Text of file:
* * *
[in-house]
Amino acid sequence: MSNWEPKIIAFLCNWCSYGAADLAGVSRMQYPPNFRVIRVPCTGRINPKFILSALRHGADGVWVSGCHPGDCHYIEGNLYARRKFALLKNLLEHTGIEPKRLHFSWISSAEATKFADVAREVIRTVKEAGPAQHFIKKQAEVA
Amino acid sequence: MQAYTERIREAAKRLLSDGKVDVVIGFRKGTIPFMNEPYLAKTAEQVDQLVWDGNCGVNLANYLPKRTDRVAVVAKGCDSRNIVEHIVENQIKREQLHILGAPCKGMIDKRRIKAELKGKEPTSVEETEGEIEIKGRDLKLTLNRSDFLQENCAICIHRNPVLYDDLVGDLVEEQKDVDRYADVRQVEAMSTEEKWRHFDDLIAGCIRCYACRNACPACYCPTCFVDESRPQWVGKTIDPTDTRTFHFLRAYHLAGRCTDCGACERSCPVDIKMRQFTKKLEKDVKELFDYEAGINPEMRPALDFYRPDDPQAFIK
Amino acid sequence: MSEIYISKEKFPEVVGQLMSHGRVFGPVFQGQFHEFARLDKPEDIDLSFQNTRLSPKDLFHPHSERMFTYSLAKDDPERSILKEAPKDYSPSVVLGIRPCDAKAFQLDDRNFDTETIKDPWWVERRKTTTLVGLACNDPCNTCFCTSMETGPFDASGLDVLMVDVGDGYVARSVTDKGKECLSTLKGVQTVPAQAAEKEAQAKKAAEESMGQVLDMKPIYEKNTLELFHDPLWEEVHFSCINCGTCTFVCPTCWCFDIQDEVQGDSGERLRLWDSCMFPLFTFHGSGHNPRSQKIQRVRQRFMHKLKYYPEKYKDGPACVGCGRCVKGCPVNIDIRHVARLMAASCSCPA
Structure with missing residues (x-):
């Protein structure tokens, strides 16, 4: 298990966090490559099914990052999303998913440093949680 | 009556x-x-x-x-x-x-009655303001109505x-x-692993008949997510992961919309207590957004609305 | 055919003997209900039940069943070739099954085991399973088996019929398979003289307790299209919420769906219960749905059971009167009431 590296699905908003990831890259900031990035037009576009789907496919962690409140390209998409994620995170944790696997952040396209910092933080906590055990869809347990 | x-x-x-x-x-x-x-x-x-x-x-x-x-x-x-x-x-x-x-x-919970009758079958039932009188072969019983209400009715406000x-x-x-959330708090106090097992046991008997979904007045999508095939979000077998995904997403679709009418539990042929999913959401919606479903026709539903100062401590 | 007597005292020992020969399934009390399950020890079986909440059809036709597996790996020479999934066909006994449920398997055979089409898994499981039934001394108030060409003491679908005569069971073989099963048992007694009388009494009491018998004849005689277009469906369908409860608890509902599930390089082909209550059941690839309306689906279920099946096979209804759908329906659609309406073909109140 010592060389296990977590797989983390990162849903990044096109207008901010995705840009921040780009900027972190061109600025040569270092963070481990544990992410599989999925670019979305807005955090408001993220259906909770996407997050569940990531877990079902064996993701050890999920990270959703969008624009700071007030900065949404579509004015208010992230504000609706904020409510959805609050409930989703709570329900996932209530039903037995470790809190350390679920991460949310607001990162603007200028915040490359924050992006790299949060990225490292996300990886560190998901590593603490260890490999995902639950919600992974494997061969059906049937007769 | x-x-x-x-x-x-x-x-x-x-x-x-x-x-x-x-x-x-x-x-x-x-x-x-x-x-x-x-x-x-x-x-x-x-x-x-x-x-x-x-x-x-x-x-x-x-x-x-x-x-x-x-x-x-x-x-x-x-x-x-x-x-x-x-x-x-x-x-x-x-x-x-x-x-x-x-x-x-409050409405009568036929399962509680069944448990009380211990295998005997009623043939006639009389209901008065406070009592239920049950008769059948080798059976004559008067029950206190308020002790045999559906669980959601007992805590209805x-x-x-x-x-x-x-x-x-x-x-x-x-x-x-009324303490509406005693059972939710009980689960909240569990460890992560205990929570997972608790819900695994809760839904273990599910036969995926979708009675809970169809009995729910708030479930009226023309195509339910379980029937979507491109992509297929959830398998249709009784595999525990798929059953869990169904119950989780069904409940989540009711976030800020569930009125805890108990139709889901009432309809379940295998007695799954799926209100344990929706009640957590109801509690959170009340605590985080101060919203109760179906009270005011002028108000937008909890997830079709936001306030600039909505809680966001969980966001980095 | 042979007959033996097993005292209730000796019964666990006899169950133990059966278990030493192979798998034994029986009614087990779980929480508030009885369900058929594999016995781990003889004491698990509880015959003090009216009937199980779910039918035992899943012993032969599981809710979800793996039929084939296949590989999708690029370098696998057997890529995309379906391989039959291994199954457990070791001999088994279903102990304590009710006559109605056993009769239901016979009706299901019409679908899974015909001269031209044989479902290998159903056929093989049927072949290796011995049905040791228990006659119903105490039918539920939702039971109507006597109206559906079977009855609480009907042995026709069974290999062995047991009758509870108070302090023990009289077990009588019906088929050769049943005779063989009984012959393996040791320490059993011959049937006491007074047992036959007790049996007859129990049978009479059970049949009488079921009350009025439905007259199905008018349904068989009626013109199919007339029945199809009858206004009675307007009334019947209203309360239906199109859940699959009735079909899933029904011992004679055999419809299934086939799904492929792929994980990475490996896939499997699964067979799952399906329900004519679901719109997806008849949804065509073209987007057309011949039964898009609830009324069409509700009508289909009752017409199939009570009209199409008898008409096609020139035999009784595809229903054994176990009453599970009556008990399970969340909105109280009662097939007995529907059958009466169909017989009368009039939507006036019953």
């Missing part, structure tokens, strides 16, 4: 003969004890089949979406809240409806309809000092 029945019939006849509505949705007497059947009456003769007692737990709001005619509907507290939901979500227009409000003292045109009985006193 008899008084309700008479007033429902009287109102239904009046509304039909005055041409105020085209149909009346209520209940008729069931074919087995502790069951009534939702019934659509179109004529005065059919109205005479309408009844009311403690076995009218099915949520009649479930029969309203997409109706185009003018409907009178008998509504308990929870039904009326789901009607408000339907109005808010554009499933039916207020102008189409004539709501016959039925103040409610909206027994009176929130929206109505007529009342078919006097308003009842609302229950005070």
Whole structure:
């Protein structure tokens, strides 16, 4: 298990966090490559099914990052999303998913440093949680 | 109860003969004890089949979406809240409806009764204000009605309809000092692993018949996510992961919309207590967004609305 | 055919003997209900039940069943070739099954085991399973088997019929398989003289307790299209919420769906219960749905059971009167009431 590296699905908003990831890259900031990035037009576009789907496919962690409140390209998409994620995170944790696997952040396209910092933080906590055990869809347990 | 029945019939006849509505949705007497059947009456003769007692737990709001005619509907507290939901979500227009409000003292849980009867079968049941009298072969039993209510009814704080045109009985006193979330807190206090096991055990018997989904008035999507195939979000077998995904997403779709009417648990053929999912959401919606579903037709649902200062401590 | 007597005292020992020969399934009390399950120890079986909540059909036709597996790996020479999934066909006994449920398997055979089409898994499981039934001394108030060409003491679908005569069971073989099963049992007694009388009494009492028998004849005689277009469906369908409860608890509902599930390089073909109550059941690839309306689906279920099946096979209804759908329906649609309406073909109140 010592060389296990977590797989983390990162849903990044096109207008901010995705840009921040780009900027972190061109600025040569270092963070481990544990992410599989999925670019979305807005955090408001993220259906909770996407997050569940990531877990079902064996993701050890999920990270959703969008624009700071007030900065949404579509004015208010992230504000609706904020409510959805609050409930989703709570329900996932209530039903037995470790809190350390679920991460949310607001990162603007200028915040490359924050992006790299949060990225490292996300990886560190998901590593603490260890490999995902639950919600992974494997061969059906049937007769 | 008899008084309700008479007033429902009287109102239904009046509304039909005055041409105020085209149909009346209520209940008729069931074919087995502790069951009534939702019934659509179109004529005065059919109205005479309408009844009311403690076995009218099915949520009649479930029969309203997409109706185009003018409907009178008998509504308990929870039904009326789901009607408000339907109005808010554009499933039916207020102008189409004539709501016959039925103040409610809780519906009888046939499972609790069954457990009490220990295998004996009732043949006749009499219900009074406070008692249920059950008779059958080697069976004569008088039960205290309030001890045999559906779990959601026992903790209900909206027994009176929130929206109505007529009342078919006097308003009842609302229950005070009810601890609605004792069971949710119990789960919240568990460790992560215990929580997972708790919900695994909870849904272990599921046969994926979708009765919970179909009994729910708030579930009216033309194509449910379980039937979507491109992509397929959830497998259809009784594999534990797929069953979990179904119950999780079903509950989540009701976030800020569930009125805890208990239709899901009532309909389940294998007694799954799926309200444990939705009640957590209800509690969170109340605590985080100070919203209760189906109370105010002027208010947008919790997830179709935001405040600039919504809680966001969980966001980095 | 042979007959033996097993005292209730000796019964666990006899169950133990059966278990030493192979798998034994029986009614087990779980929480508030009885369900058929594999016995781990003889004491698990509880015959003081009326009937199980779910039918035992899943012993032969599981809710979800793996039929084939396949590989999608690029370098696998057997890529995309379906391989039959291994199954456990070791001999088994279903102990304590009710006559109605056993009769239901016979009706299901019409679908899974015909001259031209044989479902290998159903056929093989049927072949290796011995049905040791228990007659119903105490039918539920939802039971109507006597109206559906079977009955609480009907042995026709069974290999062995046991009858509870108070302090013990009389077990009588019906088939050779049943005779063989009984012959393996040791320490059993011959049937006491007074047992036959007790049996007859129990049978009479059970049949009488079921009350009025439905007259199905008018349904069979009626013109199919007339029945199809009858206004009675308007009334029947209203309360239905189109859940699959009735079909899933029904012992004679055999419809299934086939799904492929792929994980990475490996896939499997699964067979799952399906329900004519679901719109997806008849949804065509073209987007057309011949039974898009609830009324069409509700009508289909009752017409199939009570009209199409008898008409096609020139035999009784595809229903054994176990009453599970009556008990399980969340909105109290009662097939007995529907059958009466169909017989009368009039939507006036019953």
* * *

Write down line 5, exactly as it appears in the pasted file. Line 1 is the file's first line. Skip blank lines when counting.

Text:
Structure with missing residues (x-):